L’OREILLE – DAS OHR – вухо – THE EAR – LA OREJA – 耳 – L'ORECCHIO

Essential anatomy:

The external auditory canal. Foreign bodies may become lodged in the narrowing at the bony cartilaginous junction.4  The lateral 1/3 of the canal is flexible, while the medial 2/3 is fixed in the temporal bone – here is where many foreign bodies are lodged and/or where the clinician may find evidence of trauma. 

Pearls:

  • Ask yourself: is it graspable or non-graspable?5
    • Graspable: 64% success rate, 14% complication rate
    • Non-graspable: 45% success rate, 70% complication rate5
  • If there is an insect in the external auditory canal, kill it first. They will fight for their lives if you try to dismember or take them out.  “In the heat of battle, the patient can become terrorized by the noise and pain and the instrument that you are using is likely to damage the ear canal.”5,6  Use lidocaine jelly (preferred), viscous lidocaine (2%), lidocaine solution (2 or 4%), isopropyl alcohol, or mineral oil.
  • Vegetable matter? Don’t irrigate it – the organic material will swell against the fixed structure, and cause more pain, make it much harder to extract, and may increase the risk of infection.

Pifalls:

  • Failure to inspect after removal – is there something else in there?
  • Failure to assess for abrasions, trauma, infection – if any break in skin, give prophylactic antibiotic ear drops
  • Law of diminishing returns: probability of successful removal of ear foreign bodies declines dramatically after the first attempt

 

LE NEZ – DIE NASE – ніс – THE NOSE – LA NARIZ – 鼻 – IL NASO

Essential anatomy:

Nasopharyngeal and tracheal anatomy. Highlighted areas indicate points at which nasal foreign bodies may become lodged.4

Pearls:

  • Consider using topical analgesics and vasoconstrictors to reduce pain and swelling – and improve tolerance of/cooperation with the procedure. Use 0.5% oxymetolazone (Afrin) spray and a few drops of 2 or 4%   Pros: as above.  Cons: possible posterior displacement of the foreign body.7
  • Be ready for the precipitous development of an airway foreign body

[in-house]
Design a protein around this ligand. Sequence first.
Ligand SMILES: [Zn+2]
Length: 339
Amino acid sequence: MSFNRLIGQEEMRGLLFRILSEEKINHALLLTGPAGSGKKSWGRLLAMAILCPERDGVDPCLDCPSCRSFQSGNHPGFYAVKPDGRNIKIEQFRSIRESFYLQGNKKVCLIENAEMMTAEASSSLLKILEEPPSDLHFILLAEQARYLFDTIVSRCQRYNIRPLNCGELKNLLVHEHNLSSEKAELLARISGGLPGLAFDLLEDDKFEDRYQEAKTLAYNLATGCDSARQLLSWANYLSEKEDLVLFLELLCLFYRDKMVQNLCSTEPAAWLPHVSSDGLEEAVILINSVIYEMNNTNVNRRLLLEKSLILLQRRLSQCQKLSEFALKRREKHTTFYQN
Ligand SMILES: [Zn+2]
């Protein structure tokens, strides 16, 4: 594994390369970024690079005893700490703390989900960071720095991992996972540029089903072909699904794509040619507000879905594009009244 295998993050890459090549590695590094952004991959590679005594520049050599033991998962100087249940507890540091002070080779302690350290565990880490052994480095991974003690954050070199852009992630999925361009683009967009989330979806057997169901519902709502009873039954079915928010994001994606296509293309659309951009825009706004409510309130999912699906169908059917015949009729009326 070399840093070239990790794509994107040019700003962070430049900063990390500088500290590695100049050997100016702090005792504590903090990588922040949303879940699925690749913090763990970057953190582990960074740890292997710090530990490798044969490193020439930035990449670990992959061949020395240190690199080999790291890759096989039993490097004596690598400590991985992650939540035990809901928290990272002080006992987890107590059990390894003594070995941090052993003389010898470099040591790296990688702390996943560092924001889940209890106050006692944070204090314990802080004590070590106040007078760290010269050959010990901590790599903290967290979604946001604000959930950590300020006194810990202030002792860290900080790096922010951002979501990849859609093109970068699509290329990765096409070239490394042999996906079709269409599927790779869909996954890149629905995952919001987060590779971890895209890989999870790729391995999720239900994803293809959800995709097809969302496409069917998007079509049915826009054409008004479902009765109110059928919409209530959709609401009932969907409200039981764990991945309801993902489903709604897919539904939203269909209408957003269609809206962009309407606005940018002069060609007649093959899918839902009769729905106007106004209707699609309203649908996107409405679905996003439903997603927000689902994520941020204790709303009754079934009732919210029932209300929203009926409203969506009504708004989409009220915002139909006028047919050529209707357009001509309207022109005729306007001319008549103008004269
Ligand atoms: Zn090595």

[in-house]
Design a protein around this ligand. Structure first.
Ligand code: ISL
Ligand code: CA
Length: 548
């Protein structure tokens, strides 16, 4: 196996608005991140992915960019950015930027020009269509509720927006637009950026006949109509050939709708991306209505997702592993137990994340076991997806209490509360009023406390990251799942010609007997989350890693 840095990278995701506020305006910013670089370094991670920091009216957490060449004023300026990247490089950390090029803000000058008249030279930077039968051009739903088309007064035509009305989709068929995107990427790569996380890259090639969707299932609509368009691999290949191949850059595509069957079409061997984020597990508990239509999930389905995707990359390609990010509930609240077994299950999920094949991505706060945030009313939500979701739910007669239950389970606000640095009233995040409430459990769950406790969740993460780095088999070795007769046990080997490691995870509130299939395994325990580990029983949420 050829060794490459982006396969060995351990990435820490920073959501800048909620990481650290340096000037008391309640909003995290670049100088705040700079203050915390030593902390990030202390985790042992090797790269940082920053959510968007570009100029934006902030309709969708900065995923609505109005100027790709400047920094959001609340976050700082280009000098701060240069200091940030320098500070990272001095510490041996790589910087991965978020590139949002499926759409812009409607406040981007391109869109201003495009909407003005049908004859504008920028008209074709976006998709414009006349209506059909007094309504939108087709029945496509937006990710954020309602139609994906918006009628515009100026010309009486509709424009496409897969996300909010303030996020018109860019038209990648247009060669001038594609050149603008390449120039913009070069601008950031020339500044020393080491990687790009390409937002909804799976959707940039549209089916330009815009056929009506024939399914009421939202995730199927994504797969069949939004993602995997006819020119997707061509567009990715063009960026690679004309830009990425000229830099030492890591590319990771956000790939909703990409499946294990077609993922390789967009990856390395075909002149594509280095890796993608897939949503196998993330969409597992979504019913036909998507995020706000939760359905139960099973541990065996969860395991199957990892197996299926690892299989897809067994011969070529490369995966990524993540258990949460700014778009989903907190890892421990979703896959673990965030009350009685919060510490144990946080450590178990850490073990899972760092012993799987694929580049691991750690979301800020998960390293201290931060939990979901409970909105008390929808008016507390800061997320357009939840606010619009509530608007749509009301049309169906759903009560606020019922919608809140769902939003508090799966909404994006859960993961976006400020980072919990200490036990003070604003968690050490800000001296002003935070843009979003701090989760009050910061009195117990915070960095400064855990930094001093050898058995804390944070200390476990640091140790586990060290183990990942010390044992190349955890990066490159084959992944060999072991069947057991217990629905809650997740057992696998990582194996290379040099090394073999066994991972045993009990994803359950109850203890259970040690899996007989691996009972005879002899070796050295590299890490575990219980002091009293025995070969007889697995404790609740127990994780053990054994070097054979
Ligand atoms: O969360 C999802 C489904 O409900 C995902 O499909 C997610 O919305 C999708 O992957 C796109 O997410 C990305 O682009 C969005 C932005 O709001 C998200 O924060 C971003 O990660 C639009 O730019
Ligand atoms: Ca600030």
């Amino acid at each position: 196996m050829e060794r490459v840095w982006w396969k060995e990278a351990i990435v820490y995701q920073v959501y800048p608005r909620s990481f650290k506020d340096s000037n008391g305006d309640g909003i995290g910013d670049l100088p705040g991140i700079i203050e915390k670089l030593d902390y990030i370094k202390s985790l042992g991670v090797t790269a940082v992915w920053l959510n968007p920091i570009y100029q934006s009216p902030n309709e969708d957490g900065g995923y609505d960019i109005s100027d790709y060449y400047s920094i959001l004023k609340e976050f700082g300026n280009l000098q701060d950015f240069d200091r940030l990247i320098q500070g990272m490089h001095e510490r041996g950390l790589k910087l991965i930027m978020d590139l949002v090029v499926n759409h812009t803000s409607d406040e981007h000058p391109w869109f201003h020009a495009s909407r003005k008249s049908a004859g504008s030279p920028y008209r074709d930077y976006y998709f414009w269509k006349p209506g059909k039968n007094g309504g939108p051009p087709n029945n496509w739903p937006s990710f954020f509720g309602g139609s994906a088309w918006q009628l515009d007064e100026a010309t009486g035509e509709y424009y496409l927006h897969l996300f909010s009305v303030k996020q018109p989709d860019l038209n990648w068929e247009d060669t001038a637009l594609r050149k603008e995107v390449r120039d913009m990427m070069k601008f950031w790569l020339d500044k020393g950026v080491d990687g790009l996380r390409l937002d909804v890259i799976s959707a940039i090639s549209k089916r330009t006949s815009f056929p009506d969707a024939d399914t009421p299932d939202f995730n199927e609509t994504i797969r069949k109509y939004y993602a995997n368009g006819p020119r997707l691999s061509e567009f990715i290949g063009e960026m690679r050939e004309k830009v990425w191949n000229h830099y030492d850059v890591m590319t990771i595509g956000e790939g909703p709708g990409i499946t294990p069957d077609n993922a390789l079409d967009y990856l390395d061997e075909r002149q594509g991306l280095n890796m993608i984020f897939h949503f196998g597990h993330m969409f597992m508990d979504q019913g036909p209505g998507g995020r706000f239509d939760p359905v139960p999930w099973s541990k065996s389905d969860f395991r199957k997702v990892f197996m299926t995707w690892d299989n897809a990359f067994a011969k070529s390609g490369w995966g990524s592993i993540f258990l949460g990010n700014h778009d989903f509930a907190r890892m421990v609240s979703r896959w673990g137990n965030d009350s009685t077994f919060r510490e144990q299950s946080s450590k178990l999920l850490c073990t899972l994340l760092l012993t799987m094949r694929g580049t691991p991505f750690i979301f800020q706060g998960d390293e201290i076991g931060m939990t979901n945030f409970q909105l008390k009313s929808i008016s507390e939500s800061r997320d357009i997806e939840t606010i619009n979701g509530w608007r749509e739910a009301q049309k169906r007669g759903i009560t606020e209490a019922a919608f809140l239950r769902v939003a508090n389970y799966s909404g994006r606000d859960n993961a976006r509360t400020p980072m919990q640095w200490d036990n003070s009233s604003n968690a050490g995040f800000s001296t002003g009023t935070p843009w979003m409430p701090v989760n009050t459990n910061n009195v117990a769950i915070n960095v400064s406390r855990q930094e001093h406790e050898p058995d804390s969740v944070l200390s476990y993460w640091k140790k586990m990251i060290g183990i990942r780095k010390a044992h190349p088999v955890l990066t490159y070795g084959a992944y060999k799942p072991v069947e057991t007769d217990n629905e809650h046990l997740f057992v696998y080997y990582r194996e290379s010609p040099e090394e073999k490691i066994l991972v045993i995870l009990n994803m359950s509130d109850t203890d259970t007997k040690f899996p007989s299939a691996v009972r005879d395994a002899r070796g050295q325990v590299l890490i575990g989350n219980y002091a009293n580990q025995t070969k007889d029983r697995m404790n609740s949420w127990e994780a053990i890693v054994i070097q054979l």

Pitfalls:

  • Beware of unilateral nasal discharge in a child – strongly consider retained foreign body.8
  • Do not push a foreign body down the back of a patient's throat, where it may be aspirated into the trachea.
  • Be sure to inspect the palate for “vacuum effect”: small or flexible objects may be found on the roof of the mouth, just waiting to be aspirated.

 

LA GORGE – DER HALS – горло – THE THROAT – LA GARGANTA – 喉 – LA GOLA

Before we go further –

Remember that a foreign body in the mouth or throat can precipitously become a foreign body in the airway.  Foreign body inhalation is the most common cause of accidental death in children less than one year of age.9,10

Go to BLS maneuvers if the child decompensates.

Infants under 1 year of age – back blows: head-down, 5 back-blows (between scapulae), 5 chest-thrusts (sternum).  Reassess, repeat as needed.

Children 1 year and up, conscious – Heimlich maneuver: stand behind patient with arms positioned under the patient’s axilla and encircling the chest. The thumb side of one fist should be placed on the abdomen below the xiphoid process. The other hand should be placed over the fist, and 5 upward-inward thrusts should be performed. This maneuver should be repeated if the airway remains obstructed.  Alternatively, if patient is supine, open the airway, and if the object is readily visible, remove it.  Abdominal thrusts: place the heel of one hand below the xiphoid, interlace fingers, and use sharp, forceful thrusts to dislodge.  Be ready to perform CPR.

Children 1 year and up, unconscious – CPR: start CPR with chest compressions (do not perform a pulse check). After 30 chest compressions, open the airway. If you see a foreign body, remove it but do not perform blind finger sweeps because they may push obstructing objects further into the pharynx and may damage the oropharynx.  Attempt to give 2 breaths and continue with cycles of chest compressions and ventilations until the object is expelled.

Chest films are limited: 80% of airway foreign bodies are radiolucent.11  Look for unilateral hyperinflation on expiratory films: air trapping.

 Essential anatomy:

Most esophageal foreign bodies in children occur at the level of the thoracic inlet / cricopharyngeus muscle (upper esophageal sphincter).  Other anatomically narrow sites include the level of the aortic arch and the lower esophageal sphincter.

Coin en face – in the esophagus – lodged at the thoracic inlet.12  The pliable esophagus accommodates the flat coin against the flat aspect of the vertebra.11

Beware the “double-ring” sign: this is a button battery13

This is an emergency: the electrolyte-rich mucosa conducts a focal current from the narrow negative terminal of the battery, rapidly causing burn, necrosis, and possibly perforation.  Emergent removal is required.